“I felt disappointed, I don’t want to see those banners from our fans.

“I’ve had three years here and really good days, but tough days as well.

“I think it has an impact, in the same way a positive stadium has an impact. However, I think we have enough in the dressing room to respond in the right manner. We have to stand up and be counted and put out a performance which has all the hallmarks of Newcastle United.”

There is some good news. Loic Remi and Mathieu Debuchy are back. Both have been badly missed. Nobody else scores goals other than Remy, while Debuchy brings a calmness to both defence and attack. Maybe it is over the last few matches we have realised just how good the right-back has been. Pardew said: “We’ve have three or four back on the training ground. Remy and Debuchy are back training, so we’re better on that front.

“That’s a big boost in terms of their experience at this level. It’s nice to see them back. With the World Cup not far around the corner, it’s important they get the time in now.”

Pardew needs a win on a personal level. He is right to say it’s been a season of ups and downs. His problem is the downs have felt more important. Unfair? Possibly. but who says life is fair? Pardew added: “It’s been difficult.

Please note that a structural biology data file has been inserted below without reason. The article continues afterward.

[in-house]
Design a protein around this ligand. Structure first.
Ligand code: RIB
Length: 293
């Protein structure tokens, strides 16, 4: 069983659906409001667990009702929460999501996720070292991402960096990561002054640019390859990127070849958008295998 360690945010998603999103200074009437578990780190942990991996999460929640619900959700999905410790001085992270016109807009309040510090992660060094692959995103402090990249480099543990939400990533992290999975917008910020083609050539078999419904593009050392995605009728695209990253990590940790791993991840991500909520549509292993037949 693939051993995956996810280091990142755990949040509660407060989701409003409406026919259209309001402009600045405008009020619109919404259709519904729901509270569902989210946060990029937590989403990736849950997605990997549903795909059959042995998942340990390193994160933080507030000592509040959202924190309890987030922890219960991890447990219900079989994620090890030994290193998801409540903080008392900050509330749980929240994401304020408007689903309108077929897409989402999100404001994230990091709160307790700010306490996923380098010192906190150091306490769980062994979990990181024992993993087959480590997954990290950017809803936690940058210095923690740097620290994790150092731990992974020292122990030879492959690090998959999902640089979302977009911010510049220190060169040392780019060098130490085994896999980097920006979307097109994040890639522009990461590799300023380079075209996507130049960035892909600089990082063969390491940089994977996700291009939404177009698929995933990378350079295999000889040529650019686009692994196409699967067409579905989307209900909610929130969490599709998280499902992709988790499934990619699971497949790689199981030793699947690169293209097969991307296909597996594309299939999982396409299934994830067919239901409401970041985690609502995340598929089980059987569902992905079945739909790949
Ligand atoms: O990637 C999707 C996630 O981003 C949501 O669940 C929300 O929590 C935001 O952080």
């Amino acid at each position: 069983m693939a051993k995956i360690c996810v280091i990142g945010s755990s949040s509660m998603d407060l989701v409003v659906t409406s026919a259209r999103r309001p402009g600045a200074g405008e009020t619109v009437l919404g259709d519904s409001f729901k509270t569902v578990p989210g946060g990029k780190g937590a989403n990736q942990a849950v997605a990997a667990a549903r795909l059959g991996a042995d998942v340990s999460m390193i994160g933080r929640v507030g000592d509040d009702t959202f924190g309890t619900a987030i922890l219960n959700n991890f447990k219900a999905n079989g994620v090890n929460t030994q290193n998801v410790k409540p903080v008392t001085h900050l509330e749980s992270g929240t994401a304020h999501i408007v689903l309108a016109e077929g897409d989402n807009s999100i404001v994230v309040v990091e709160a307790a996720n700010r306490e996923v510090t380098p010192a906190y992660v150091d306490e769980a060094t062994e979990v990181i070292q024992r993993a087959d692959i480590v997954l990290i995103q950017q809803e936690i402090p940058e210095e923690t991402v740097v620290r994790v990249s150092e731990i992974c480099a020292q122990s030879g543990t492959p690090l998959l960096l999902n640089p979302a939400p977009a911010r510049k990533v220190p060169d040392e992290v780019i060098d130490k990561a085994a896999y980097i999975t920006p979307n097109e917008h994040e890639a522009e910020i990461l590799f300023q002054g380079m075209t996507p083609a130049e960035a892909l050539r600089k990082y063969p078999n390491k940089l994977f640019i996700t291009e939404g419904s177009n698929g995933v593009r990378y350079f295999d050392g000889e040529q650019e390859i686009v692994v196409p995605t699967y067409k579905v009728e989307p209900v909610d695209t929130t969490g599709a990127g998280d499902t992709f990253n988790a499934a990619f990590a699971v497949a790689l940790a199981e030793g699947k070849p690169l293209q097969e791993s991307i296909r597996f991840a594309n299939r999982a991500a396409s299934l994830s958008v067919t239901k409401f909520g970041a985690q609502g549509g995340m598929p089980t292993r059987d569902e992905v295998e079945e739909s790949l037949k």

“I have to wear the defeats at this football club and it’s not comfortable. I want to win more than anybody. For the fans to have seen the games where we could have been better, we have to put that right.

“If you lose four on the trot as Newcastle manager, it’s difficult.

“We’re not playing with super confidence so its important they (the fans) give the team the great backing they always do. We need to put a good first-half display in because it goes hand in hand. We’ve had a season of ups and downs. We’ve had four wins in a row and four losses.

“We’ve had more Premier League wins that Southampton, but look at us lately and our record is not good at all. It’s been up and down. We just want to secure a positive result now and have some momentum moving in the right way.”

Swansea are the visitors tomorrow, a club who have given Newcastle a run on how to make the front and back pages. They sacked a successful manager and their players can’t stop fighting. Surely United will prevail this time.

Pardew said: “Hopefully, we’ll get a win and calm the situation down. It is a bit fraught. We are tense and we want to put it right. We have a stadium which should dictate proceedings for us, but we need to give the supporters something to shout about.

“I’m glad we’re in the top half and not the bottom half. We’ve had problems this year, but it’s that lack of consistency we want to put right.

“The history is heavy on us with what Sir Bobby Robson did in that great side.

“We have to live up to those expectations. Finances have moved against us, but that doesn’t mean we can’t compete and that’s what we want to do. The opportunity for investment is there in the summer but we have to get there first and we need wins.”

That they do.